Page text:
OREGON STATE UNIVERSITY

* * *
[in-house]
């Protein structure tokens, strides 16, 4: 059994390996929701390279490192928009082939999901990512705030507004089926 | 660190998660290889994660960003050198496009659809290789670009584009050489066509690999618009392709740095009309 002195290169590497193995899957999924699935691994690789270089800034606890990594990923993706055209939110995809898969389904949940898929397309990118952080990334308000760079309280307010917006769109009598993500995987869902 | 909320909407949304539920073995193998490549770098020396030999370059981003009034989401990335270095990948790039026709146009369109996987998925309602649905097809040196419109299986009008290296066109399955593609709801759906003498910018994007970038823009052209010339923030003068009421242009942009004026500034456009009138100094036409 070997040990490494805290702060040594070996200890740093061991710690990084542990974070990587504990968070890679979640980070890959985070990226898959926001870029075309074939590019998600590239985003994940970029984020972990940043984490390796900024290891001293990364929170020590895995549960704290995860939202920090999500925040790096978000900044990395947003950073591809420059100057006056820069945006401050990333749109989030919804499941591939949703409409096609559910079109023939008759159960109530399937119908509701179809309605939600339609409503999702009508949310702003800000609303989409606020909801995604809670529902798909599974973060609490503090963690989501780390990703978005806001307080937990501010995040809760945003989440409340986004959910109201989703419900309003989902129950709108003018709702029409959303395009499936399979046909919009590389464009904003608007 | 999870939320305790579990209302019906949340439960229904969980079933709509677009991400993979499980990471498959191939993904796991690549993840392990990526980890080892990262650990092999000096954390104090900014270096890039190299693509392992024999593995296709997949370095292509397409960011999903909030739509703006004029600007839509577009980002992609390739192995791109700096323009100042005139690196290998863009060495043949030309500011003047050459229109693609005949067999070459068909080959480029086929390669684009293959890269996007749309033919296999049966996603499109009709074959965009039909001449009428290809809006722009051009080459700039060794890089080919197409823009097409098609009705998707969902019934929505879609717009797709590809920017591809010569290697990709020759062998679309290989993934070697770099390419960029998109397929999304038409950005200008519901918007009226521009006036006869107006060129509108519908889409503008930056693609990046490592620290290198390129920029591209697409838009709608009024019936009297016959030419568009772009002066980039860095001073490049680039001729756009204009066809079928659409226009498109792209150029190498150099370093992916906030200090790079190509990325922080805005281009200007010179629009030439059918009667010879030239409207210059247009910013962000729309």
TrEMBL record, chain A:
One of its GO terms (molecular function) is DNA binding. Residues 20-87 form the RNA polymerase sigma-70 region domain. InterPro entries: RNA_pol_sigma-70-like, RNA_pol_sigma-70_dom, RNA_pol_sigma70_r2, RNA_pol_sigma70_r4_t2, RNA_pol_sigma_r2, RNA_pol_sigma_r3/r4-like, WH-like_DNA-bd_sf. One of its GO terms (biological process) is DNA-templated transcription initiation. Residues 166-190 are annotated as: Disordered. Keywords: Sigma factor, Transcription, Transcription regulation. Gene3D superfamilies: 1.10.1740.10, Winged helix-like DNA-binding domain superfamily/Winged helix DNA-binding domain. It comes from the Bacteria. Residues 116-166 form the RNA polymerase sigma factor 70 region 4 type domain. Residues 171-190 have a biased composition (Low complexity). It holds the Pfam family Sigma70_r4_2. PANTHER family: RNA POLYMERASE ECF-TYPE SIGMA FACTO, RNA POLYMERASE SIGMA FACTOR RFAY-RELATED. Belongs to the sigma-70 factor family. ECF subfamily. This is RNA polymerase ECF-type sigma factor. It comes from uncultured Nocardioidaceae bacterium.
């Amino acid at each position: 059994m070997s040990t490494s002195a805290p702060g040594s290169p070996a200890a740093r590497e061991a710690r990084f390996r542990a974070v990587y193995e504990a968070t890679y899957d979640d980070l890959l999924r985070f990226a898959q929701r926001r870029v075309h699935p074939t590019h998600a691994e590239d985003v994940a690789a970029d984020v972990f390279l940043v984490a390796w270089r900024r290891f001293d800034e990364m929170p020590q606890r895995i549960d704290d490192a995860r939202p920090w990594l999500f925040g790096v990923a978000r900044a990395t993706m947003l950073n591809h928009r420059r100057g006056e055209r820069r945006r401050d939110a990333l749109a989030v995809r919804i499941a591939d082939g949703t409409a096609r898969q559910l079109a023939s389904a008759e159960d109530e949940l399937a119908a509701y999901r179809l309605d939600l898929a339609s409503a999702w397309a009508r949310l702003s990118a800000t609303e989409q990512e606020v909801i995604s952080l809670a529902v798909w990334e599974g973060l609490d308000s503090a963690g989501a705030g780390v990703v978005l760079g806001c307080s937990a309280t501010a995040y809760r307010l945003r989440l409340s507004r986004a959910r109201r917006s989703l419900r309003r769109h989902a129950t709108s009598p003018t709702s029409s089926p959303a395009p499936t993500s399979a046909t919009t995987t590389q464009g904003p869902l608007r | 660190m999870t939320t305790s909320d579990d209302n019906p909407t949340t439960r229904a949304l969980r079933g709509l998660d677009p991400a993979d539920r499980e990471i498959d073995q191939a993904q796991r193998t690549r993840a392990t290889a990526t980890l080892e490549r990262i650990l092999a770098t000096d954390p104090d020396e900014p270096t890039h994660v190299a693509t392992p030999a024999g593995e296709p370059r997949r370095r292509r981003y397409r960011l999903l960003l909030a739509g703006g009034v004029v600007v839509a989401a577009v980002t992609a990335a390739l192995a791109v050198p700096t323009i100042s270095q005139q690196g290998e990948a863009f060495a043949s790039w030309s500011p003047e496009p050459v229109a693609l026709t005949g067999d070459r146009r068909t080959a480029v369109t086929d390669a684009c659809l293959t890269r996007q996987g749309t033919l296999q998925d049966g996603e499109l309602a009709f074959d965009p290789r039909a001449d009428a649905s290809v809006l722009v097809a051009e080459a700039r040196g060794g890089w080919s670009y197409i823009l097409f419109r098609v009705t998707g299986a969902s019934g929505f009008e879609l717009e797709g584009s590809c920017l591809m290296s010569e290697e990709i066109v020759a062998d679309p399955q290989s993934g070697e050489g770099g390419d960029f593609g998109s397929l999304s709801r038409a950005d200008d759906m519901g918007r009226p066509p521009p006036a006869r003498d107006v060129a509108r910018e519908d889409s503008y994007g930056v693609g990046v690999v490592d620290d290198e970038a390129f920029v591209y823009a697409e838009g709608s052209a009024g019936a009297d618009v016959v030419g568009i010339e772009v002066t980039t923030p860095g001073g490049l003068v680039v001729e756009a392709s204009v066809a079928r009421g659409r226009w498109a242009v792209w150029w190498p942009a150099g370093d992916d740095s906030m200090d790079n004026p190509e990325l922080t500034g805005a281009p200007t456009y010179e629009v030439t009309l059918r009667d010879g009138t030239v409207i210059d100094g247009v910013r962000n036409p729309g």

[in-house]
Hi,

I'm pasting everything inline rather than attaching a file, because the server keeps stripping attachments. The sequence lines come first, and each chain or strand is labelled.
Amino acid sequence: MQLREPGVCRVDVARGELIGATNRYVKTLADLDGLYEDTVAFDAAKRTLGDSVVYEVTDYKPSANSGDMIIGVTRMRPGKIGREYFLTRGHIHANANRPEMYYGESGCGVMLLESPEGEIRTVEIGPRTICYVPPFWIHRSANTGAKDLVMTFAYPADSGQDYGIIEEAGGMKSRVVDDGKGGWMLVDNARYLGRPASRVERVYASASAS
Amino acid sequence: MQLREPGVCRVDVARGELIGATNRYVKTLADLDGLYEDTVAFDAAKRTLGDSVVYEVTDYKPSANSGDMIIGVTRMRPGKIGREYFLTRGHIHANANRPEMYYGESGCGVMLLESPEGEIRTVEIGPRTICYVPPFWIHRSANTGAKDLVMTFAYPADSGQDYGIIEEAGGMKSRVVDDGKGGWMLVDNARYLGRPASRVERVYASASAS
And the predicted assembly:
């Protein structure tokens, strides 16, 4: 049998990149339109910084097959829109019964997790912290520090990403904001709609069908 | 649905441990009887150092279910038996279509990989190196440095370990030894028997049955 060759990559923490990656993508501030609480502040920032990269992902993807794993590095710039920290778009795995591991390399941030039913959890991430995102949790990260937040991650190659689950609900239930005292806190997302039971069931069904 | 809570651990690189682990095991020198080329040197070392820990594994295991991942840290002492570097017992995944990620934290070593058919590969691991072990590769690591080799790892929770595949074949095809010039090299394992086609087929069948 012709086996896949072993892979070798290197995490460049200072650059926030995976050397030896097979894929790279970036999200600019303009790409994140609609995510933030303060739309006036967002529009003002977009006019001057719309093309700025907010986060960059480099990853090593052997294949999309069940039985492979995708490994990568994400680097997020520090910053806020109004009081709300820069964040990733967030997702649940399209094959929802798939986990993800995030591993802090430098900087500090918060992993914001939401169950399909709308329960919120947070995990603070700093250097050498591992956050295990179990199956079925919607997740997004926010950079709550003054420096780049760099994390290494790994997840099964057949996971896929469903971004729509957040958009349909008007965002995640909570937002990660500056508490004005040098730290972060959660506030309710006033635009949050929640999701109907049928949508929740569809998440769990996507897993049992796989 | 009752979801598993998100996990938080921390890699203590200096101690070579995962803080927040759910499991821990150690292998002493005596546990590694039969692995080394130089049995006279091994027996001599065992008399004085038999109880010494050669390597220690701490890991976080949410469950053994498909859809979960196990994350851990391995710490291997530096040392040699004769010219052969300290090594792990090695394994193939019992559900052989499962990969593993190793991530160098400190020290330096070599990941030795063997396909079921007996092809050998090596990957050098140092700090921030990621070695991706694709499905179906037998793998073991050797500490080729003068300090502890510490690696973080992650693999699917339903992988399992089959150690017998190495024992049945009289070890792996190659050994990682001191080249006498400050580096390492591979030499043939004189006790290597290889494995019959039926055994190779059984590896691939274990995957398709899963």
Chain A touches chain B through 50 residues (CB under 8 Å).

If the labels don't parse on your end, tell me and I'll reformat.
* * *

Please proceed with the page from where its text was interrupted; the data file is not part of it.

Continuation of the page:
Infections by antibiotic resistant bacteria and the potential for sepsis are a major health concern. Antimicrobial peptides (AMPs) like cathelicidins (CAMP) and defensins are generating considerable interest for therapeutic use as potential bactericidals, anti-LPS drugs and modulators of inflammation, and other potential uses. However, the mechanisms governing CAMP expression are largely unknown. The central hypothesis driving the proposed research is that transcription factors (TFs) from the CCAAT/enhancer binding protein (C/EBP), ETS/PU.1, CREB/ATF and the steroid/thyroid hormone receptor families control constitutive and inducible expression of CAMP in hematopoietic and epithelial tissues. We propose an investigation directed towards achieving 3 Specific Aims:  Identify the TFs in myeloid and epithelial cells that regulate CAMP gene transcription; [2a] Determine extent of vitamin DS-mediated induction of CAMP in various human cell types and atopic dermatitis; [2b] Identify mechanism of synergistic activation of human CAMP gene expression by retinoids and vitamin D3; [2c] Discover novel small molecules that regulate CAMP gene expression;  Elucidate the biological importance and potential therapeutic benefits of vitamin D3 regulation of CAMP gene expression. Specific Aims 1 and 2 will generate a comprehensive assessment of the transcriptional regulation of the CAMP gene in the myeloid and epithelial compartments and identify additional compounds that either alone or in combination with vitamin D3 may prove therapeutically useful. Specific Aim 3 will characterize the evolutionary and biological importance of antimicrobial gene regulation by vitamin D and will use parallel in vitro and in vivo mouse models that exploit a powerful genetic approach to critically examine how vitamin D3 regulates expression of CAMP in response to microbial invasion or challenge with pathogen-derived molecules. Achievement of these specific aims will provide a comprehensive knowledge of the transcriptional regulation of the CAMP gene and demonstrate the biological importance of vitamin D3-mediated regulation of antimicrobial peptides. This knowledge will lead to the development of approaches for extrinsically manipulating endogenous CAMP expression for systemic and localized therapeutic benefit of human diseases.